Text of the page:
Over the years the storied house of Dior has obtained a multitude of signifiers: Dior Grey, the Dior oblique pattern, a sophisticated, fierce femininity, and, of course, the cinched waist A-line silhouette better known as the “New Look.” One house code in particular that is deeply engrained within the maison’s DNA is the influence of the Dior Medallion Chair. The iconic Louis XVI-style chair inspired Monsieur Dior so much that he adopted it as an unofficial symbol of the brand. From seating editors and esteemed ladies at his salon fashion shows to one day inspiring the ovoid shapes that appear on the padded cannage leather of the Lady Dior Bag, the Medallion Chair, with its simple yet elegant design, continues to have a lasting role within the house.
To this day, the chair continues to serve as a source of inspiration, or as French designer and prior Dior Homme collaborator Pierre Charpin refers to it, “a loyal companion of the House of Dior.” The House of Dior has been focused on extending the legacy of the maison while keeping art, design, and curation at the center. From the recent New York premier of the stunning Dior fashion retrospective at the Brooklyn Museum to the Dior Medallion Chair exhibition as part of the Salone del Mobile in Milan, Dior continues to find ways to celebrate its design lineage. And now, the focus is the Dior Medallion Chair exhibition: As part of this year’s Art Basel in Miami Beach, guests will be able to view a selection of the artisanal chairs, designed by some of the biggest and brightest names in interior, furniture, and product design.
In his memoirs about 30 Avenue Montaigne, where the Medallion Chairs are a prominent feature,, Christian Dior wrote: “Sober, simple, and above all so classic and Parisian, this style could in no way confuse or distract the eye from the collection.” In honor of that, Dior Maison has invited a cohort of designers, artisans, and product designers from all over the world—from Italy and Japan to Lebanon and France—to reimagine the Dior Medallion Chair through their own creative practices. Artists Sam Baron, Nacho Carbonell, Pierre Charpin, Dimorestudio, Martino Gamper, Constance Guisset, India Mahdavi, Nendo, Joy de Rohan Chabot, Linde Freya Tangelder, Atang Tshikare, Seungjin Yang, Ma Yansong, Jinyeong Yeon, Tokujin Yoshioka, and Pierre Yovanovitch were all tasked with merging fashion, art and design—paying homage to Monsieur Dior.This activation falls right in line with Dior’s exploration of fashion x art. From the Cruise 2020 collection, where the house enlisted the artistic lens of collagist and multidisciplinary artist Mickalene Thomas to reimagine the renowned Bar Jacket, to most recently collaborating with painter Peter Doig for Fall/Winter men’s—Chaises Médaillon, follows a long stream of the house cross-collaborating with artists (from Kaws, Daniel Arsham, and Amoako Boafo). As each fashion-based artist collaboration sees the artist’s take on a garment or accessory, integral to the ethos of Dior, this Dior Medallion Chair invitation captures that same concept. Each of the amazing artists, furniture designers, art directors, and product designers interpret the neoclassic favorite of Mr. Dior, from their own distinct viewpoints.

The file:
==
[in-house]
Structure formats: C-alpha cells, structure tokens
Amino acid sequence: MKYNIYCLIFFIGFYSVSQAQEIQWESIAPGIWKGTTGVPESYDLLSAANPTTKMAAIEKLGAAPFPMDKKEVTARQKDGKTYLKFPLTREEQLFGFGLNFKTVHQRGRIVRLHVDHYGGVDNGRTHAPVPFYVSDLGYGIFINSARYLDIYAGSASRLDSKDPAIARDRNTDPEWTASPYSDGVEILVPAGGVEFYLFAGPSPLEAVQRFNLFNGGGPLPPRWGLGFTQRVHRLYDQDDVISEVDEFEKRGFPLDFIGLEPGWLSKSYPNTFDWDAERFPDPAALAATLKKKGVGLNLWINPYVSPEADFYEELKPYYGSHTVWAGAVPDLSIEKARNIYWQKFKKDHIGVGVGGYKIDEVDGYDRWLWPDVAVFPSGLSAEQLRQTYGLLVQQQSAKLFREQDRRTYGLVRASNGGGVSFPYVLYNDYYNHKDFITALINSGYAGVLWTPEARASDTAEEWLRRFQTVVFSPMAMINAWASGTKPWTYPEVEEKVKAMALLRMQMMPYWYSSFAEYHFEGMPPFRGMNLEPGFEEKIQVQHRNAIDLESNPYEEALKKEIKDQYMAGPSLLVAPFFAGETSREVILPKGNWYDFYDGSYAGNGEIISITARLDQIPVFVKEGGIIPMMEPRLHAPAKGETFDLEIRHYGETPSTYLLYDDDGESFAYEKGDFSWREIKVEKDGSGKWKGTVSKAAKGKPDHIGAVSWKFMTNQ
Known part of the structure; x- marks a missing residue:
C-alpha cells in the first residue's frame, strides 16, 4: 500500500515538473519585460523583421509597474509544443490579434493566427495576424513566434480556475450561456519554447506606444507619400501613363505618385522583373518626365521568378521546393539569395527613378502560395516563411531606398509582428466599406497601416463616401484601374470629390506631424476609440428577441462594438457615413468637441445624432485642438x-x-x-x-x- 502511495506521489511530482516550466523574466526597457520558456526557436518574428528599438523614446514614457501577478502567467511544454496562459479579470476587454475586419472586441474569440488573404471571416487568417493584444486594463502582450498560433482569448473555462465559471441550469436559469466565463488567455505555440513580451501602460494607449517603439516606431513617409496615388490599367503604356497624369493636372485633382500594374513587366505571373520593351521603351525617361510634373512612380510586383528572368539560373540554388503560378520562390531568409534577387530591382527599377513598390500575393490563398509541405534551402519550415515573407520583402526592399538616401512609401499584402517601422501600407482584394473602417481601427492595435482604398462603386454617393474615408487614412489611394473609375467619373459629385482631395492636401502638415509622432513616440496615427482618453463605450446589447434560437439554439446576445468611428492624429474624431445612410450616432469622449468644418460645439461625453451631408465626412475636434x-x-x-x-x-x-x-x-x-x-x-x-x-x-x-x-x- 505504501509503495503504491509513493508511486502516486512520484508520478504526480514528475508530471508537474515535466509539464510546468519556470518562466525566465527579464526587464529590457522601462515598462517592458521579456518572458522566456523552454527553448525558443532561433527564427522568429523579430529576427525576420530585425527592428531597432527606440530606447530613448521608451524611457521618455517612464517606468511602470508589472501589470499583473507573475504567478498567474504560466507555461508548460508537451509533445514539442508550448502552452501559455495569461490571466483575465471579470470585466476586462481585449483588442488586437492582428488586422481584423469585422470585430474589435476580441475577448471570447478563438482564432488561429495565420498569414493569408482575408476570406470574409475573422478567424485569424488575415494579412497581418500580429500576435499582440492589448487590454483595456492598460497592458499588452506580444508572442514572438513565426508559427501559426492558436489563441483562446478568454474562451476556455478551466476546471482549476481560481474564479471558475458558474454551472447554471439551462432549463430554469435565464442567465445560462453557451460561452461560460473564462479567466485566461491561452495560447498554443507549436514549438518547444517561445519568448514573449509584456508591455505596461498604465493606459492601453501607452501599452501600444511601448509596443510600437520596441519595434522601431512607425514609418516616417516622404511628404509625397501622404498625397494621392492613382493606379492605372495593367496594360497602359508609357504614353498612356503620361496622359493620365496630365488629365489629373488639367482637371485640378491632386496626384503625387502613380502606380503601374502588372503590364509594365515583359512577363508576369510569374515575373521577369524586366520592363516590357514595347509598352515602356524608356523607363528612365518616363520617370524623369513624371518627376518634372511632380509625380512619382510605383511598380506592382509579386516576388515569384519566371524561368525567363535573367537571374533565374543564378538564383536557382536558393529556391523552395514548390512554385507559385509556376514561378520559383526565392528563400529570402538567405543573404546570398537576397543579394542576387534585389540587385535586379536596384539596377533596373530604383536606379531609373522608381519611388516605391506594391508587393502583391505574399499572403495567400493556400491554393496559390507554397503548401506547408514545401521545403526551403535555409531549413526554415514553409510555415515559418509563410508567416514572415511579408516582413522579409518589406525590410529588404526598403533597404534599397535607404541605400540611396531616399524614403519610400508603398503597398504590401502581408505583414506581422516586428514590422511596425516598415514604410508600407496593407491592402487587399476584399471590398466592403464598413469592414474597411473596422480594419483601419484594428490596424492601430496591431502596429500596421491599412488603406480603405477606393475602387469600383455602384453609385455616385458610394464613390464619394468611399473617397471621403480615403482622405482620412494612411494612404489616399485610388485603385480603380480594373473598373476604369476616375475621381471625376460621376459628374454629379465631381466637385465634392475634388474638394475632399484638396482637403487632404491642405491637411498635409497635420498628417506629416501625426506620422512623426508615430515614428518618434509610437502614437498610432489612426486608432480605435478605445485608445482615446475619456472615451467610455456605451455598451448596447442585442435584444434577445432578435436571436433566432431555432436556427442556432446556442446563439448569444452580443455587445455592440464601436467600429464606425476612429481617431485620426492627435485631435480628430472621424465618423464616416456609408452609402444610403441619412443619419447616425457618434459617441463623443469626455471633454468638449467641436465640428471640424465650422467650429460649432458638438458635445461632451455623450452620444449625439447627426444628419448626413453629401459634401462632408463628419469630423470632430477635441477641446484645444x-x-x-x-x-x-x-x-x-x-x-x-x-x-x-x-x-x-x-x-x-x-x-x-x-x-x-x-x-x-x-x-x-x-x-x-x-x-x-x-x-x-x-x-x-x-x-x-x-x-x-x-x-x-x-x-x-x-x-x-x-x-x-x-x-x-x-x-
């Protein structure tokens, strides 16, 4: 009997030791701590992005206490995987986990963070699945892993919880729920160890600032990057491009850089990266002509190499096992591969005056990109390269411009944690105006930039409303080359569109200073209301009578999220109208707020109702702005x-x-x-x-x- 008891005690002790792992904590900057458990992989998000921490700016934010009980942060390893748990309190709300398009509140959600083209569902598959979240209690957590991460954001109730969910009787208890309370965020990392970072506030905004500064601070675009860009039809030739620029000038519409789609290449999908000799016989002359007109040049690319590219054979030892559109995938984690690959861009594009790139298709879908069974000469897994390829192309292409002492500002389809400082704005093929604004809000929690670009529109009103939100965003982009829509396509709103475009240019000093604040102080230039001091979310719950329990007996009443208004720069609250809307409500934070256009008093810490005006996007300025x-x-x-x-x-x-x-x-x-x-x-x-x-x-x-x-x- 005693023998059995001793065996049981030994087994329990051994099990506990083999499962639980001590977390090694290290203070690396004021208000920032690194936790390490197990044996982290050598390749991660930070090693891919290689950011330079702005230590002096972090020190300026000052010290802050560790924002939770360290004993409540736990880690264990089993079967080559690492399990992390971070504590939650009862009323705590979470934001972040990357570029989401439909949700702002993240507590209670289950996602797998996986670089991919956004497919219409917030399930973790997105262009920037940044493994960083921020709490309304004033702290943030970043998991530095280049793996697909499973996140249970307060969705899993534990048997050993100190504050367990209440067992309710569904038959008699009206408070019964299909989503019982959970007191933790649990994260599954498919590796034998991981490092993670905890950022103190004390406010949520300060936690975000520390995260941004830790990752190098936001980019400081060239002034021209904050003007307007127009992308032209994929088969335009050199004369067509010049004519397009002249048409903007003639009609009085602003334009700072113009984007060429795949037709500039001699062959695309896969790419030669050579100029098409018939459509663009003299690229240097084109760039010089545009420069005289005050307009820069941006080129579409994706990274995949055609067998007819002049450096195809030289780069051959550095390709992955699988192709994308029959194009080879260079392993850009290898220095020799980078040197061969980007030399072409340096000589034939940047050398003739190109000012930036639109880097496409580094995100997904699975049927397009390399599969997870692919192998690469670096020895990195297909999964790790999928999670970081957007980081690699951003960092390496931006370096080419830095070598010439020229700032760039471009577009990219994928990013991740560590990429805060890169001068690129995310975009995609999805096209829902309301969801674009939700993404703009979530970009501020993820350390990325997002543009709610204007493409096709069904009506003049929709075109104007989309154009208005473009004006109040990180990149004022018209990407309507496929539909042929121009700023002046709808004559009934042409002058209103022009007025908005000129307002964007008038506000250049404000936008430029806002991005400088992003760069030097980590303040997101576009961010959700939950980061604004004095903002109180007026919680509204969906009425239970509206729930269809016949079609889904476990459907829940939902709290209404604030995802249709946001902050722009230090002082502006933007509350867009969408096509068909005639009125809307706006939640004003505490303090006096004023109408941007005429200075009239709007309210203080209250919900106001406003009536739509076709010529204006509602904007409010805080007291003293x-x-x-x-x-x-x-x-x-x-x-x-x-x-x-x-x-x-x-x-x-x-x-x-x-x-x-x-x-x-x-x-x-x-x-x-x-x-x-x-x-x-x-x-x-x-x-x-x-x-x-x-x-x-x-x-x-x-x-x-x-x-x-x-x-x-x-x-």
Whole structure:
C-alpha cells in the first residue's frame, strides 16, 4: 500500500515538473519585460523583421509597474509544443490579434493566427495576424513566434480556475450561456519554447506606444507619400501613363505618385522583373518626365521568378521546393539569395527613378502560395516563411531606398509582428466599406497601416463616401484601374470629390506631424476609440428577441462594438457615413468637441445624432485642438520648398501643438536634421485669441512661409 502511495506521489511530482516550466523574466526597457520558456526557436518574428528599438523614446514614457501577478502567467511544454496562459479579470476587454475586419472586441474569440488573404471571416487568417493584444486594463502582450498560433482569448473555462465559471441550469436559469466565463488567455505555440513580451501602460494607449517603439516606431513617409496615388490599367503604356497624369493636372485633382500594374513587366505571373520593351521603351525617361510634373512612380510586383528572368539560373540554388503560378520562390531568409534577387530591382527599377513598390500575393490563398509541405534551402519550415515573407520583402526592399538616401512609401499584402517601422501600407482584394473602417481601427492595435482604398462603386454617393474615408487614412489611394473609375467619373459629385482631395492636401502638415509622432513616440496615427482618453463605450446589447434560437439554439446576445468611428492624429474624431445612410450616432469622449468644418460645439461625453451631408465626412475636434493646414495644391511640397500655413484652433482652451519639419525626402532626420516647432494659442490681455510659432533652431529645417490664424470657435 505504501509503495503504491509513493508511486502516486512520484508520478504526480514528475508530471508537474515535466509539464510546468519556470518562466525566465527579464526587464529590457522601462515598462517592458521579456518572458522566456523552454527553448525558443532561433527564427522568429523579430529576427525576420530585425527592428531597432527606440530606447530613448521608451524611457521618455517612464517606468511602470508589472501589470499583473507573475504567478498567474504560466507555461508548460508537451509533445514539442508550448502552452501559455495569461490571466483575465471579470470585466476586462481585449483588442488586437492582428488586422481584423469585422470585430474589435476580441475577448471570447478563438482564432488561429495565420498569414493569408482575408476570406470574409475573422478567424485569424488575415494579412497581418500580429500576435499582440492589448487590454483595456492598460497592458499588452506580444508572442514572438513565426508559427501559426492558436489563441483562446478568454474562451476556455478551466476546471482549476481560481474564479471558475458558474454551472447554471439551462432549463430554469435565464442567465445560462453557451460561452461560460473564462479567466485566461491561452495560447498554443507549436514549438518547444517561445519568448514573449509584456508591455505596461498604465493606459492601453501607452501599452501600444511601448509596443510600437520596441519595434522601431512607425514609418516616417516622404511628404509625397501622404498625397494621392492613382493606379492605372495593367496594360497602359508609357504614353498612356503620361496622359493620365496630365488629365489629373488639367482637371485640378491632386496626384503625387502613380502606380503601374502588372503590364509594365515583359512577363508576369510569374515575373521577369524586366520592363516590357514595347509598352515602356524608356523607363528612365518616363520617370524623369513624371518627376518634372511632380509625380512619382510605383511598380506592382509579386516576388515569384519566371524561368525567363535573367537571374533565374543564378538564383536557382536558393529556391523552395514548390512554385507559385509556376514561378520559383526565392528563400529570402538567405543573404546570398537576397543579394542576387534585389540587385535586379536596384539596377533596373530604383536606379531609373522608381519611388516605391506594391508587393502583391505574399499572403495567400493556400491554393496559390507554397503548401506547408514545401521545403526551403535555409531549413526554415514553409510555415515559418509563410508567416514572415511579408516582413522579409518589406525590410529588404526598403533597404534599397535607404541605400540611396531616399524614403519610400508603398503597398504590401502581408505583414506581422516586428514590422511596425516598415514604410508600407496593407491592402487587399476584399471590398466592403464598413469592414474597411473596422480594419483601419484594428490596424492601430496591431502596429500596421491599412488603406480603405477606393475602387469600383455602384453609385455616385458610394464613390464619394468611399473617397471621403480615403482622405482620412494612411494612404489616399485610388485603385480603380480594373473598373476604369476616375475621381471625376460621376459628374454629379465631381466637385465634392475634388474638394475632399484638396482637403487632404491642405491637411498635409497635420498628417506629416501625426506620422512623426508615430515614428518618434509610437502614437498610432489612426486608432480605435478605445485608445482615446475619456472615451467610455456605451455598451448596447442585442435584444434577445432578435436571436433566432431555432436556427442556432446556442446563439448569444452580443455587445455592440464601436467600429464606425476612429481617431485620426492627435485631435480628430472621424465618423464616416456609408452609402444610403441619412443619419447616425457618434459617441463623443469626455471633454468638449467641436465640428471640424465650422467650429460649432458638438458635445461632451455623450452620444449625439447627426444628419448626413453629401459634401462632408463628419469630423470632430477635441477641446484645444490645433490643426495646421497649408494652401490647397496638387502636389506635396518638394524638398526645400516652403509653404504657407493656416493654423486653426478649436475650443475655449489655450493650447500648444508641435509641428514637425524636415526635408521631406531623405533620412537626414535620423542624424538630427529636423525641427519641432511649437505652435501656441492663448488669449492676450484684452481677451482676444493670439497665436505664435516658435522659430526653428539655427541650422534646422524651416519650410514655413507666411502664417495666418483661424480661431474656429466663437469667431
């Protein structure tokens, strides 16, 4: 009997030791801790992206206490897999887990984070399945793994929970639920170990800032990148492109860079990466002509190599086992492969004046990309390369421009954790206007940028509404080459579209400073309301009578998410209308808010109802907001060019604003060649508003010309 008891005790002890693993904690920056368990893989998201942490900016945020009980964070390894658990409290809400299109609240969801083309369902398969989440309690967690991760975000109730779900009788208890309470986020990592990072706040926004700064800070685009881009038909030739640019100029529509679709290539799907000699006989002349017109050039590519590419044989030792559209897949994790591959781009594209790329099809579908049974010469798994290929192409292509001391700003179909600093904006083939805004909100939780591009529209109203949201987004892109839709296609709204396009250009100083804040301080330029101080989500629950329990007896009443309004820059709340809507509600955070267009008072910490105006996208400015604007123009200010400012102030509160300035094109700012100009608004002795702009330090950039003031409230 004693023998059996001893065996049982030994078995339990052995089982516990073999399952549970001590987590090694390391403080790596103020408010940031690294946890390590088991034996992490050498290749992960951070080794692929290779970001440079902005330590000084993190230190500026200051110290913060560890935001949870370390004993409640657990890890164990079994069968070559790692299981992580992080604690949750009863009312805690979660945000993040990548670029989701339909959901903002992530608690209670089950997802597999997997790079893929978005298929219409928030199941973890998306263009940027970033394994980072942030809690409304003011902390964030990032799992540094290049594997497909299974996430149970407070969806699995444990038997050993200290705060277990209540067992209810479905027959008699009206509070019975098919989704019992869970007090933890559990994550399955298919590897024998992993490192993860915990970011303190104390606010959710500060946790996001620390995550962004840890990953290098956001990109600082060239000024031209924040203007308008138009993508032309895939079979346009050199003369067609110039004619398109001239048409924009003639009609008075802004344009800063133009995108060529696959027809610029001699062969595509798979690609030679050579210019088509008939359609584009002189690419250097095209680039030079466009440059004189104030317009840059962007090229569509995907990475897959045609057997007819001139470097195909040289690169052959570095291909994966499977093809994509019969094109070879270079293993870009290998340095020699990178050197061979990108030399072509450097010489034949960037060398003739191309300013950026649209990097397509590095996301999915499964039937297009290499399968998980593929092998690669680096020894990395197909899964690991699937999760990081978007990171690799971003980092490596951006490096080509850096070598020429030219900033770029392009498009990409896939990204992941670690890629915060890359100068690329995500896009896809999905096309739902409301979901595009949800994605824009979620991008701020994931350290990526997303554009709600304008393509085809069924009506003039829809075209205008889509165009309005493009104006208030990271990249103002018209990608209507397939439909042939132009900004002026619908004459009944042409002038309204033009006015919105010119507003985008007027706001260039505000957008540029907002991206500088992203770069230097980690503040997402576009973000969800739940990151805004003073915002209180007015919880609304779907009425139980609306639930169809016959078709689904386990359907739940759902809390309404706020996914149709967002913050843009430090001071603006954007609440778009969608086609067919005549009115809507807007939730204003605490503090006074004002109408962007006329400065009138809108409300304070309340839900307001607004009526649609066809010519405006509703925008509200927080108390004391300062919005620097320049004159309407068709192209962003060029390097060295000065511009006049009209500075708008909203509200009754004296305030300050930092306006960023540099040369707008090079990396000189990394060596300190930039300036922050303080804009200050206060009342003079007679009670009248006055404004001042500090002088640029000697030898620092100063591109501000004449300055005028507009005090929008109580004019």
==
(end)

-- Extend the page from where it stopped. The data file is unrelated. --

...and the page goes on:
“The Medallion Chair is iconic because it is rooted in French heritage,” says French designer Sam Baron. “That 18th-century piece reveals an attention to detail and comfort in its construction, but also a sense of refinement in its design and proportions, qualities that appealed to Monsieur Dior and prompted him to use it regularly.” Baron, heralded as one of the greatest product designers of our time (even a cosign from design titan Philippe Starck), often explores his design practice through an artistic lens. His designs carry a respect for tradition yet through an organic modernity. His thoughtful reexamination of the Medallion Chair mirrors that of his own eponymous design practice. “I researched gardens and how this chair was used in Monsieur Dior’s day, as well as the Dior style, in the world of fashion, in boutiques or private interiors” he says. The results are two dynamic ideations: an exterior suite of chairs made of lacquered metal that allude to the traditional form of the Medallion Chair yet take on a playful, communal essence, and the other suite—an homage to the structure of the Medallion Chair, made using woven straw and wood, focusing on the bones of the chair. “The basic concept was to turn it from a “solitary” and isolated chair into a piece that celebrates gathering and conviviality. The outdoor version is available as a swing, a rocking chair for two, and a bench for friends, while the indoor version makes it possible for two or four people to sit together.” The beauty of this activation lies in the varied approaches to design each artist takes—that’s the true beauty of design in general; how two or more individuals can use the same source of inspiration yet arrive at two distinct outcomes. Much like Baron, Korean multidisciplinary artist Jinyeong Yeon respected the form and design language of the Medallion Chair yet approached the materiality differently. Using aluminum pipe for one chair and aluminum plates for the other concept, Yeon created one chair that is more expressionism in nature and another a minimal yet modernist take on the structure of the original Medallion Chair.